Vacuum breakers

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Rich Feldman
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Vacuum breakers

Post by Rich Feldman » Thu May 24, 2018 9:03 pm

What this has in common with fusors is vacuum and leaks.
My house water pipes had a persistent leak that got as bad as a cubic foot per day.
Until yesterday, when a crew removed the 60 year old galvanized pipes, and replaced all of them with copper.
The job included some apparently unnecessary details to please the city inspector, since this job was done with a permit.

Every outdoor hose bibb, including one unrelated to the repiping job, now has a vacuum breaker. Those are required by code, as protection against a rare but catastrophic event: water main pressure going negative (sucking) at the same time somebody has a hose running with the end in a filthy puddle or a pesticide-mixing container.

I knew about these but had never seen one. They are short extenders with female and male garden hose threads (untapered 1 1/16 - 11.5).
Screwed on tightly and then locked with a setscrew:
DSCN0436.JPG
Pictured above is the one specimen where they forgot to tighten the setscrew until its head torqued off. The others look like this:
DSCN0435.JPG
I think the idea is to deter casual tampering. Policy makers expect that most consumers will be OK with using their hoses on vacuum breakers. Maybe I will do a maximum-flow test on the faucet in upper picture, with and without the doohickey, before the second visits by contractor and inspector. (there's drywall and plywood to be patched).
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John Futter
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Re: Vacuum breakers

Post by John Futter » Fri May 25, 2018 7:54 am

aaaaah
fixing a problem that could exist on a 1,000,000,000,000, : 1chance of somebody actually usinng a hose when a negative pressure event caused by alien invasion is taking place.
I'm glad your city has senior idiots empowered to think of of all these implausible happenings - this of course after they have removed gun ownership from the plebians

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Rich Feldman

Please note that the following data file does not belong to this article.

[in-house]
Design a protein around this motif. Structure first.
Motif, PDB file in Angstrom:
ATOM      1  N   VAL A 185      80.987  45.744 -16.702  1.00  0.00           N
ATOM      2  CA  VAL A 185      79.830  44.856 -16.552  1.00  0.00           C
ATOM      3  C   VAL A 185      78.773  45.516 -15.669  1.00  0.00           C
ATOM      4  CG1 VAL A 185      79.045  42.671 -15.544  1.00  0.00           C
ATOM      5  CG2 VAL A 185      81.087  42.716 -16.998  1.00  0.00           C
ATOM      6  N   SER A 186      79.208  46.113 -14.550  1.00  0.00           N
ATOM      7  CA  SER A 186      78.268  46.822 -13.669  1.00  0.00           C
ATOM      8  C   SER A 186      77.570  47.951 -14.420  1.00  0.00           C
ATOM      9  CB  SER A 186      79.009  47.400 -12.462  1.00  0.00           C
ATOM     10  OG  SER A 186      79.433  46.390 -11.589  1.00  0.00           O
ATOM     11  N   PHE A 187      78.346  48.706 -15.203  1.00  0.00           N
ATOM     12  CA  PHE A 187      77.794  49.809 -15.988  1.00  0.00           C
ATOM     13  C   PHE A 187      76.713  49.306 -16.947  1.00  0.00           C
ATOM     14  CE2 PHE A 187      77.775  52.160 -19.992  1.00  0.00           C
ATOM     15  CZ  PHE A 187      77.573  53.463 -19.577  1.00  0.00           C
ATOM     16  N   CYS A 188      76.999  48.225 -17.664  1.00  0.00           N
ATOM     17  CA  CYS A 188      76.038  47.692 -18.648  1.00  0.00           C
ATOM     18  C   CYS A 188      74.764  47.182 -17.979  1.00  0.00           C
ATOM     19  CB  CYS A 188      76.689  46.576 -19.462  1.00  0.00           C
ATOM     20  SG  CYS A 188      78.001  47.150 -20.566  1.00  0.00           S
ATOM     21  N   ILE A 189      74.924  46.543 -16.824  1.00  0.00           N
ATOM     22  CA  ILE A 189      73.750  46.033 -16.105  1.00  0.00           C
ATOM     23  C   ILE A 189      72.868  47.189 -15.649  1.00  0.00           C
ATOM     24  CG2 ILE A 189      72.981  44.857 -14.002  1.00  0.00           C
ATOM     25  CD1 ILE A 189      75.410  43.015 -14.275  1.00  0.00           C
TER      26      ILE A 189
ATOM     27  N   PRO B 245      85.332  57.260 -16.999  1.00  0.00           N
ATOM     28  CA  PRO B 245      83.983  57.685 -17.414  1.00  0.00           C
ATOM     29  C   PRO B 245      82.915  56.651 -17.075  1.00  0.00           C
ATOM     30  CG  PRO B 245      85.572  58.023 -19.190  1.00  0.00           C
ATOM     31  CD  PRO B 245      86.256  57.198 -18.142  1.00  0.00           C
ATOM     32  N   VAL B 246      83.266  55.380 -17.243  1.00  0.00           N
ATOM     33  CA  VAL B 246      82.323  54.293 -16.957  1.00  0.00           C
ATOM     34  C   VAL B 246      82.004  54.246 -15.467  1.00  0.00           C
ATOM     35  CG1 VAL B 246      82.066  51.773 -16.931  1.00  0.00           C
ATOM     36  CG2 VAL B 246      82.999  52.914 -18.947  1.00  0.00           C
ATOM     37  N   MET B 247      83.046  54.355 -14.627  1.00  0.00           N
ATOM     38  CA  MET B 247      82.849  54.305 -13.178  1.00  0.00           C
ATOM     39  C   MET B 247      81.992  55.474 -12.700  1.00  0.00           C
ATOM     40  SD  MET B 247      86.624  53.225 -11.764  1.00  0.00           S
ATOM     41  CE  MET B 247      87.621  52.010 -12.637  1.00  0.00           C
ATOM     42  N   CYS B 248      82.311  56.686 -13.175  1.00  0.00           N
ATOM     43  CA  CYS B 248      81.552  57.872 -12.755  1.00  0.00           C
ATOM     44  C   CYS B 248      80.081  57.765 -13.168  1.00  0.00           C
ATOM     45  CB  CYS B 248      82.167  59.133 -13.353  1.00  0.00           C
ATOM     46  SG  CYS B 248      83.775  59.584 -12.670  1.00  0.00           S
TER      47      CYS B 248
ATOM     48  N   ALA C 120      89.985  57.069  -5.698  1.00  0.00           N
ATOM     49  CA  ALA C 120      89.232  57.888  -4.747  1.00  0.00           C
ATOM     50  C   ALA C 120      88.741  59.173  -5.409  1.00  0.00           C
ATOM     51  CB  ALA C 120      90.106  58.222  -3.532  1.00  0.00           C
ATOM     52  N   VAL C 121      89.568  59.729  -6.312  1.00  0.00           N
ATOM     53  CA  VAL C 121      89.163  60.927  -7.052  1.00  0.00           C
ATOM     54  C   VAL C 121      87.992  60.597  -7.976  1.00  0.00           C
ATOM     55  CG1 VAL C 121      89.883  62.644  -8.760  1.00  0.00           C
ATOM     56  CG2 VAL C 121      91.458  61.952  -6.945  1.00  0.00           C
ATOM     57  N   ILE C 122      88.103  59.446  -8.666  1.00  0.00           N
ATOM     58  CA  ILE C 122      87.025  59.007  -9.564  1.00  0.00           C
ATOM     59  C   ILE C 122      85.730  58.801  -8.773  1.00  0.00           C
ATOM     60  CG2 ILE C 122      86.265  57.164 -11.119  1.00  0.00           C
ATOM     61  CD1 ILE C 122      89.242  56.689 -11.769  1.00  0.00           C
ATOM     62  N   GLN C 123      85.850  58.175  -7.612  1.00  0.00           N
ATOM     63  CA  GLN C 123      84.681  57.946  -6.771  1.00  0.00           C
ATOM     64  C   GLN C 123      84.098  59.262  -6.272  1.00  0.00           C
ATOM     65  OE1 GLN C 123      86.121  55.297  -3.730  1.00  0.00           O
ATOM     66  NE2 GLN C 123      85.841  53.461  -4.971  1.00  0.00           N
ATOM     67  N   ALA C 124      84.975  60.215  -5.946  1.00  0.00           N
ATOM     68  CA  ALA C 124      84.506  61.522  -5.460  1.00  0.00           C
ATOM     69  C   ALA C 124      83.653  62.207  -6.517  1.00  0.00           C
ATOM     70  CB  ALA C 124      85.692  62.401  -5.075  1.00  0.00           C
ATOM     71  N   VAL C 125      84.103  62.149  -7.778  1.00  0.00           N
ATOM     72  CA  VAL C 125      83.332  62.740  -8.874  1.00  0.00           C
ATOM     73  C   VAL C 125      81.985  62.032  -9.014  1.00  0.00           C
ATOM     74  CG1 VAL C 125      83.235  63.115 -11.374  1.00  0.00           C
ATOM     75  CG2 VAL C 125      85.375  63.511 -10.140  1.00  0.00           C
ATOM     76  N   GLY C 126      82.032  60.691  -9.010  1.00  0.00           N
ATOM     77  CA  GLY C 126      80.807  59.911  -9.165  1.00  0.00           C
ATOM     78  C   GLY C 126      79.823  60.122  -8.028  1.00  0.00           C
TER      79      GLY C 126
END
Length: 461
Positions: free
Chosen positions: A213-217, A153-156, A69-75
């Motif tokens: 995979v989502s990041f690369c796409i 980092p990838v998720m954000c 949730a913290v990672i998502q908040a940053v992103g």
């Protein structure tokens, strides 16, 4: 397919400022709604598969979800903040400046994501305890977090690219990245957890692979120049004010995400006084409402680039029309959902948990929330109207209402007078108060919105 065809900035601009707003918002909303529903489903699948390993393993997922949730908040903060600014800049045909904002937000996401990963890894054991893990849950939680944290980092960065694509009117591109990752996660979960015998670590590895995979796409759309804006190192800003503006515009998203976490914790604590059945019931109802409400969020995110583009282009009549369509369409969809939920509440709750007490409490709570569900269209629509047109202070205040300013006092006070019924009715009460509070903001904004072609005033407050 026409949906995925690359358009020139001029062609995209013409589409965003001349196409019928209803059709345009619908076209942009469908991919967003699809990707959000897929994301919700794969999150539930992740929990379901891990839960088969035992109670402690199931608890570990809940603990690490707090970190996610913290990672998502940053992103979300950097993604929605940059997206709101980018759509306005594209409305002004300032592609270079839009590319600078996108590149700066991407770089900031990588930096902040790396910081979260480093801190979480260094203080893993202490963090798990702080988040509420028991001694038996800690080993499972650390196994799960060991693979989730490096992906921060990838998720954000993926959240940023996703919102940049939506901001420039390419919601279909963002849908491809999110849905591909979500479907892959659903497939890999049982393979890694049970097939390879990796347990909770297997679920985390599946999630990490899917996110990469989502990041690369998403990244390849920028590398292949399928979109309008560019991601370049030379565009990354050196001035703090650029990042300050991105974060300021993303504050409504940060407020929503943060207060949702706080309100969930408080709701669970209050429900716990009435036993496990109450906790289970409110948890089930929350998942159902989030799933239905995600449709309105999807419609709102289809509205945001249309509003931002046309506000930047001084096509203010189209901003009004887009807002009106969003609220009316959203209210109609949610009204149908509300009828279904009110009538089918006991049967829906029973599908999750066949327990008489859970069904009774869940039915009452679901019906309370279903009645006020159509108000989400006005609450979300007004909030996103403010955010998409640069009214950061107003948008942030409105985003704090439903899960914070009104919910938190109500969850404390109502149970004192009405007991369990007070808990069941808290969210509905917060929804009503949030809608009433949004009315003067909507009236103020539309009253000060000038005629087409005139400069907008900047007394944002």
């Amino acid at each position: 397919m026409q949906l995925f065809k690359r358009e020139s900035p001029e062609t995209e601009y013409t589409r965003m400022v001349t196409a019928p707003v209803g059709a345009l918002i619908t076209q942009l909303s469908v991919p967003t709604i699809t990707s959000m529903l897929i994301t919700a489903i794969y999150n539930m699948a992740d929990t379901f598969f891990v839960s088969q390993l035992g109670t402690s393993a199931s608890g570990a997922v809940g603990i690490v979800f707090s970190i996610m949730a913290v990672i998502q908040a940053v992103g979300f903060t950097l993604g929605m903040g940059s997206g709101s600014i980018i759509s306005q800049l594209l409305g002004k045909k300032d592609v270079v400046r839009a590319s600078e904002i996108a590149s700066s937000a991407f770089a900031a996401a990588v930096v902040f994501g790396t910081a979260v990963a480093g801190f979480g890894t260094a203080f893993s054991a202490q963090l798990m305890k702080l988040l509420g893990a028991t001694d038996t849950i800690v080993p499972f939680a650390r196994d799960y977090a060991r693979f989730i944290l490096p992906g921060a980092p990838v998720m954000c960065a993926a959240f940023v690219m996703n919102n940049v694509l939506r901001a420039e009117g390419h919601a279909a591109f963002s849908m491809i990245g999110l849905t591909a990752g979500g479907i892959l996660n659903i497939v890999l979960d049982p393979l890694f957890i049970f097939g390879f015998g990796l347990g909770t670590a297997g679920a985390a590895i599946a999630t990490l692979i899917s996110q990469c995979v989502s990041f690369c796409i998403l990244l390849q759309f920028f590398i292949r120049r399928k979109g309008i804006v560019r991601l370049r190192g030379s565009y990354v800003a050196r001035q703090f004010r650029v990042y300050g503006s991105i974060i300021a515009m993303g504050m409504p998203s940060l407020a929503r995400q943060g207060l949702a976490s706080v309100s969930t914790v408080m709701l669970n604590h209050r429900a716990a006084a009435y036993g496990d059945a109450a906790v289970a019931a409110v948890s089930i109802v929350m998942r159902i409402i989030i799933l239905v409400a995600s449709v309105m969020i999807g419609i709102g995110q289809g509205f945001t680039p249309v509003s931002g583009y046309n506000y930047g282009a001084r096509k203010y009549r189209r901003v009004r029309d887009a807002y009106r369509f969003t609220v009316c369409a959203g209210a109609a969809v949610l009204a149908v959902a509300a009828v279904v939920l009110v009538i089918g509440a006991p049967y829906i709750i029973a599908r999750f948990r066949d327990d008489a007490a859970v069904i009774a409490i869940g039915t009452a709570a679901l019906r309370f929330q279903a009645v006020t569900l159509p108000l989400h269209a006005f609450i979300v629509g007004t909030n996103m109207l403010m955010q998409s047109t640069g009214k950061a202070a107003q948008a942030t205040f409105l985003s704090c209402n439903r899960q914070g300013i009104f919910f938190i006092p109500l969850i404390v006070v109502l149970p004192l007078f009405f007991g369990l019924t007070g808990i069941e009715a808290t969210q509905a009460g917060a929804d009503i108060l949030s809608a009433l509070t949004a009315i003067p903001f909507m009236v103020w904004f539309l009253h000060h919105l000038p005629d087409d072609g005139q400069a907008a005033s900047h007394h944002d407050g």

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Re: Vacuum breakers

Post by Rich Feldman » Sat May 26, 2018 5:16 am

By the way, the expensive repiping job didn't stop my mysterious cubic-foot-per-day leak. :-( It did stop the liter-per-day seeps and oozes for which there was plenty of evidence in the old pipe plant, and tedious water meter watching records.

Fortunately, all the new valves actually close properly. Made it easy to locate the "big" leak. Improbable combination of leaky toilet tank flush valve, a float valve whose hysteresis often fails, and a shutoff valve that didn't fully shut. It has an equilibrium state with tank silently draining into bowl, while a matching flow silently enters from the water supply line. I'd foolishly dismissed the toilet as source of problem, because the leak rate didn't cycle on and off. ref: time lapse recordings of water meter dial.
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Richard Feldman

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Rich Feldman
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Re: Vacuum breakers

Post by Rich Feldman » Tue Jun 05, 2018 4:55 pm

Some old sprinkler valves (with more vacuum breakers) started to exhibit Bourdon-tube-like behavior
after the repiping exercise.
You can see it on video, if this link works. Then scroll to the next video for explanation.
https://www.flickr.com/photos/r_k_f/416 ... 025260349/
DSCN0521r.JPG
They're in the same album as my old shock diamond images.
Richard Feldman

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Rich Feldman
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Re: Vacuum breakers

Post by Rich Feldman » Fri Jun 08, 2018 10:58 pm

Just learned that those telescoping PVC repair couplings are supposed to move freely, unlike my original union with O-ring face seal. Duh!
The smoochy valve problem went away when the pipes below the coupling were restrained.
Repiping contractor, here to fix an unrelated problem, did that by putting dirt in the hole.
Richard Feldman

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